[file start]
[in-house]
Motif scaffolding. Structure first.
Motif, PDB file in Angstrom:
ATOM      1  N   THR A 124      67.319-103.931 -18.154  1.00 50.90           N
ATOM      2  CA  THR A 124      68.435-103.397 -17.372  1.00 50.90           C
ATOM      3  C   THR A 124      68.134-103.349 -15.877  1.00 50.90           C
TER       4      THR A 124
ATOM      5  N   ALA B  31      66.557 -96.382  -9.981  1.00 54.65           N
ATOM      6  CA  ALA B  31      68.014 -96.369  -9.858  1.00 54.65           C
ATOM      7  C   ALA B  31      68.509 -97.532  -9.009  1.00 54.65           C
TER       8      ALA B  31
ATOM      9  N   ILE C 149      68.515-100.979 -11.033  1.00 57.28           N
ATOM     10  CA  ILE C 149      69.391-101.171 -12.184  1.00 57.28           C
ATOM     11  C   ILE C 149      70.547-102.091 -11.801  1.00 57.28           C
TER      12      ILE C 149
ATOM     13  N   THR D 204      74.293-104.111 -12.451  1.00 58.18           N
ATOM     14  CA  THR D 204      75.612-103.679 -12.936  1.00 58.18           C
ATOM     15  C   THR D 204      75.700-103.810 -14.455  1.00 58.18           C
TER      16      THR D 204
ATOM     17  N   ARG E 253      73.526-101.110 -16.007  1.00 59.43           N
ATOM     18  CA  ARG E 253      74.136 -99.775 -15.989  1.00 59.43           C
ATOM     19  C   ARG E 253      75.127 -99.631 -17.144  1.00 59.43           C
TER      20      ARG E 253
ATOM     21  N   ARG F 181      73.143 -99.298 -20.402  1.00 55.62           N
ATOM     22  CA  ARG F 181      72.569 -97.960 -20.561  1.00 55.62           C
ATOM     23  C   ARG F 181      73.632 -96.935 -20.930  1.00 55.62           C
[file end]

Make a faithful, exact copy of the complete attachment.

[in-house]
Motif scaffolding. Structure first.
Motif, PDB file in Angstrom:
ATOM      1  N   THR A 124      67.319-103.931 -18.154  1.00 50.90           N
ATOM      2  CA  THR A 124      68.435-103.397 -17.372  1.00 50.90           C
ATOM      3  C   THR A 124      68.134-103.349 -15.877  1.00 50.90           C
TER       4      THR A 124
ATOM      5  N   ALA B  31      66.557 -96.382  -9.981  1.00 54.65           N
ATOM      6  CA  ALA B  31      68.014 -96.369  -9.858  1.00 54.65           C
ATOM      7  C   ALA B  31      68.509 -97.532  -9.009  1.00 54.65           C
TER       8      ALA B  31
ATOM      9  N   ILE C 149      68.515-100.979 -11.033  1.00 57.28           N
ATOM     10  CA  ILE C 149      69.391-101.171 -12.184  1.00 57.28           C
ATOM     11  C   ILE C 149      70.547-102.091 -11.801  1.00 57.28           C
TER      12      ILE C 149
ATOM     13  N   THR D 204      74.293-104.111 -12.451  1.00 58.18           N
ATOM     14  CA  THR D 204      75.612-103.679 -12.936  1.00 58.18           C
ATOM     15  C   THR D 204      75.700-103.810 -14.455  1.00 58.18           C
TER      16      THR D 204
ATOM     17  N   ARG E 253      73.526-101.110 -16.007  1.00 59.43           N
ATOM     18  CA  ARG E 253      74.136 -99.775 -15.989  1.00 59.43           C
ATOM     19  C   ARG E 253      75.127 -99.631 -17.144  1.00 59.43           C
TER      20      ARG E 253
ATOM     21  N   ARG F 181      73.143 -99.298 -20.402  1.00 55.62           N
ATOM     22  CA  ARG F 181      72.569 -97.960 -20.561  1.00 55.62           C
ATOM     23  C   ARG F 181      73.632 -96.935 -20.930  1.00 55.62           C